You know, one of the I think this may have been the first pillar, you talked about the compliance and risk part. You know, one of the things that lawyers really pride themselves on his being the issue spotters, you know, that we can assess the risk, and we can work with our clients to help mitigate the the existing risk, or even change the behavior for potential exposure to risk. So I imagine that, you know, many of the lawyers or those who are legally trained, maybe listening to this podcast, and may think that, hey, this is something that we’re already doing to help our clients with the risk. So what’s the difference that they are thinking that they are doing when it comes to compliance and risk and what your what the R&G insights lab is doing when it comes to to compliance and risk?
Dr. Caitlin Handron 17:10
This has been one of it’s such a great question. And I think it’s one that I’ve really been grappling with since entering into this space, I, of course, don’t want to be stepping on any toes. And there’s so much incredible work that’s already been done in these spaces. I of course, can enter and flippantly say something about human behavior being really hard to decipher and very hard to follow. When people have built their entire careers, doing investigations and coming up with compliance, and so what do we have to contribute in this space? I’d say, it’s really that new perspective. It’s not necessarily that we are here to do anything better, or replace anything that’s already existing, but it’s in order to come in and say that there might be pieces that are being overlooked. And one perspective, for example, behavioral science has become a very flashy term that gets thrown around a lot people are very interested in what behavioral science is and how it can serve us. And one perspective that I have, especially coming from my department that does a lot of work on cultural psychology, is recognizing that a lot of what we know about human behavior is actually very specific from Western countries, WEIRD countries, as I identified in my field, Western, Educated, Industrialized, Rich and Democratic, nearly 85% of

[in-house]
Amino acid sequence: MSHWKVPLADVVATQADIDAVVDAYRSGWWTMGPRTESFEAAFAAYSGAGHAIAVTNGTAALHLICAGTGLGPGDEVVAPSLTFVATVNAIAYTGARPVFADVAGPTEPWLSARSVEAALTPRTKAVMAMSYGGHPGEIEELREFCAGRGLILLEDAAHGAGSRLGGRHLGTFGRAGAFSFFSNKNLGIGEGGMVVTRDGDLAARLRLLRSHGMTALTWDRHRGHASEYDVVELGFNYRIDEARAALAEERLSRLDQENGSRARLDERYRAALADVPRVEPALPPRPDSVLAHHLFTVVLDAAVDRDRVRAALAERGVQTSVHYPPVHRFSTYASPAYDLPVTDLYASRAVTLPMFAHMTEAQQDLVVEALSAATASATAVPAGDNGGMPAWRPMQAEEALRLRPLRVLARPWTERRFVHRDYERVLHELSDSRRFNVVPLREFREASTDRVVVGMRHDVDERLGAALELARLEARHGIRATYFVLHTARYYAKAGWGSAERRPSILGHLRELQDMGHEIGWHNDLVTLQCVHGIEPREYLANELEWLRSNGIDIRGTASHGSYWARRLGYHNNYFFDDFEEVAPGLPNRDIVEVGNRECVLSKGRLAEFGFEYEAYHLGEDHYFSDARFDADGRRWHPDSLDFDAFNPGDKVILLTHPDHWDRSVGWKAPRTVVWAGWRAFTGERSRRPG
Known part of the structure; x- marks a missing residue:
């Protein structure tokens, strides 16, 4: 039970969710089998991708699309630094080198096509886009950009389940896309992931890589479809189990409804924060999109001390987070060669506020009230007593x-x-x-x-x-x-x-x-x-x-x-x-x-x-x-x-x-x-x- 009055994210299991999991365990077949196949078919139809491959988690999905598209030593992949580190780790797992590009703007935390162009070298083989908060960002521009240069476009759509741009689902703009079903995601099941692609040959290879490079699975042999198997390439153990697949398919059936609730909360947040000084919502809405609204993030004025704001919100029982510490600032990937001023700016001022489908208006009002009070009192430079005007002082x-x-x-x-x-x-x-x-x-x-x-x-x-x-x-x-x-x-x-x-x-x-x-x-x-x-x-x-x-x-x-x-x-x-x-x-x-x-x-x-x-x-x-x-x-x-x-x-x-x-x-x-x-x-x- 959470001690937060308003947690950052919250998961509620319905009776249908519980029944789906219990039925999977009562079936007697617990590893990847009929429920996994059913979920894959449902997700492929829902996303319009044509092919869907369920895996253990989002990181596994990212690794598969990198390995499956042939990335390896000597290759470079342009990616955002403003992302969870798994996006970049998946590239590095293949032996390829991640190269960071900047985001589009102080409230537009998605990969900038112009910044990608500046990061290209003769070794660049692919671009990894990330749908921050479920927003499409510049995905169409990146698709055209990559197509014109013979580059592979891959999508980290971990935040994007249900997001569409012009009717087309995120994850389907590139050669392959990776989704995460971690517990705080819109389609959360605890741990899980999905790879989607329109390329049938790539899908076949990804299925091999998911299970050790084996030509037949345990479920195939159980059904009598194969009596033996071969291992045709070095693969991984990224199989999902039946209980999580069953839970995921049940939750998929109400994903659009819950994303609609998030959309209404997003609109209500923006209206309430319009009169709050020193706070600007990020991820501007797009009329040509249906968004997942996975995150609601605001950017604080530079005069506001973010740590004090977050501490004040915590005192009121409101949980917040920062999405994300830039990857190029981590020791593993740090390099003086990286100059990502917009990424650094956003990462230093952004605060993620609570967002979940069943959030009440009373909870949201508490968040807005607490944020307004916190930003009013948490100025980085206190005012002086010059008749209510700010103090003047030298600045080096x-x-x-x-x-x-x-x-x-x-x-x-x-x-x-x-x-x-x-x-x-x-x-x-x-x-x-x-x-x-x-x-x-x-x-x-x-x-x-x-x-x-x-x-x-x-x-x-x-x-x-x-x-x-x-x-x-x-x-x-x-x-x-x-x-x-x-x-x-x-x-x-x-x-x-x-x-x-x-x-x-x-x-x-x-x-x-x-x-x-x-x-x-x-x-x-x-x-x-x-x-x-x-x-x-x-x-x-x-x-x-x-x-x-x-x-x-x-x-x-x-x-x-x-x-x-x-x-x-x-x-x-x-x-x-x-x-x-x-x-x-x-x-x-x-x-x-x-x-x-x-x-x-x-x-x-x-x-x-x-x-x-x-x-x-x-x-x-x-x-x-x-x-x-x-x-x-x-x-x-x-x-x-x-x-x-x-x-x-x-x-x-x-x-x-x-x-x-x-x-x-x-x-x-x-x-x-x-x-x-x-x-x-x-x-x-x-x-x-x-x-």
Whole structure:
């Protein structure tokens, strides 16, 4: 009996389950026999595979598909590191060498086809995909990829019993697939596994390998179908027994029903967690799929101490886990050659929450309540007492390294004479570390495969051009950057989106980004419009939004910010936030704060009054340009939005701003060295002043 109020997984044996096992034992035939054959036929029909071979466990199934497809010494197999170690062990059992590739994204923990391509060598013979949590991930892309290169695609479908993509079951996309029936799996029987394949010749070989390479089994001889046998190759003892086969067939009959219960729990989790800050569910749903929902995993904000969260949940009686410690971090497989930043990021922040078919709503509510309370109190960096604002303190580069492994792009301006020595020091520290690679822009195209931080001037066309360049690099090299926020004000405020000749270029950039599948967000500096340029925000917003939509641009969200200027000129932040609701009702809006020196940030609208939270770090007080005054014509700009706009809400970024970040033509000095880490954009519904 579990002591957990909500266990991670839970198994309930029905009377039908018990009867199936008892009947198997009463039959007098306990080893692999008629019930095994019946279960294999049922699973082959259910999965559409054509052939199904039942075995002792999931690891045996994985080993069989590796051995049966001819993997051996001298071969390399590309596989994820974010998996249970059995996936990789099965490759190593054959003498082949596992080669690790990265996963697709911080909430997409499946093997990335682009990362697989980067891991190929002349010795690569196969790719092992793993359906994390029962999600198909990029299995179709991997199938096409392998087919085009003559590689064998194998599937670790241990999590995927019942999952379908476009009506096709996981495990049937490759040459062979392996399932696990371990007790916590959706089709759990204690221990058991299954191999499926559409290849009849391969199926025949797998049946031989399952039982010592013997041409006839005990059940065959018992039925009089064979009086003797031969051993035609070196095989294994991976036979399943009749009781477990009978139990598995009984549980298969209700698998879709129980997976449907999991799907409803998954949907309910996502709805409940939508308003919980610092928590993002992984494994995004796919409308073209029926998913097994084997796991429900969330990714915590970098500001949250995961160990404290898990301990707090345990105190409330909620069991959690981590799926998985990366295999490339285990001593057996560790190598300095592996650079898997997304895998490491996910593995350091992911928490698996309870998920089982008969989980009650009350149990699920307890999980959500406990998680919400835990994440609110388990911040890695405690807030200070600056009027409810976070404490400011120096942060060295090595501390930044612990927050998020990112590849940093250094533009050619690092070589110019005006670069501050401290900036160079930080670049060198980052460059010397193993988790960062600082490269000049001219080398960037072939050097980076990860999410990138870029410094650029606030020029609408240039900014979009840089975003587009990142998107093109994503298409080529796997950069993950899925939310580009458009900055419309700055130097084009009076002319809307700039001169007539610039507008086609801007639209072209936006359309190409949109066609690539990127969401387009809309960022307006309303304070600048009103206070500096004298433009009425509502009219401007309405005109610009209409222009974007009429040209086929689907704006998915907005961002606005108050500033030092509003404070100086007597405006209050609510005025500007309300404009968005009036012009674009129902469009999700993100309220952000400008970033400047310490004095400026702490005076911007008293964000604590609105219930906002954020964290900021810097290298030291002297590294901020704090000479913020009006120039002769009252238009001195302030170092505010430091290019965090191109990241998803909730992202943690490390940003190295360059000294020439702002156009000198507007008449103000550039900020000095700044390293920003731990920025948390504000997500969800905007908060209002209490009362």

Greg Lambert 18:35
somebody worked really hard to make it say WEIRD.
Dr. Caitlin Handron 18:40
Very brilliant scholars out there. Absolutely. Yeah, they call us WEIRD. And they identified that about 85% of the research that we have, it comes from WEIRD populations. And so when we think about what we know, about human behavior, it’s actually very limited. And so I think what a cultural perspective has to offer is to say that there’s a lot more going on under the surface, there’s a lot more that we can understand by thinking through what are the broader factors influencing people. And so that’s a perspective that psychology itself needs to learn. So I’m coming from my field where we would bash our heads up against and say like, there’s the rest of the world there is more than just weird contacts. And there’s a lot more that we can understand about human psychology if we’re to pay attention beyond what has currently gotten a lot of focus. And I guess I feel like if my field needs to be hearing that then there’s probably a lot of other contexts that need to be hearing that as well that there are a lot of places that can learn what it means to take a cultural perspective and what it means to put the human in context and attend to not only some of these biases that are just human cognitive biases, according to the behavioral science literature. But also what are some of the broader motivators that are really pushing people to do what they’re doing or pay attention to what they’re paying attention to? So I’m not sure that might have been a roundabout answer to say, I’m not trying to step on anyone’s toes.
Marlene Gebauer 20:14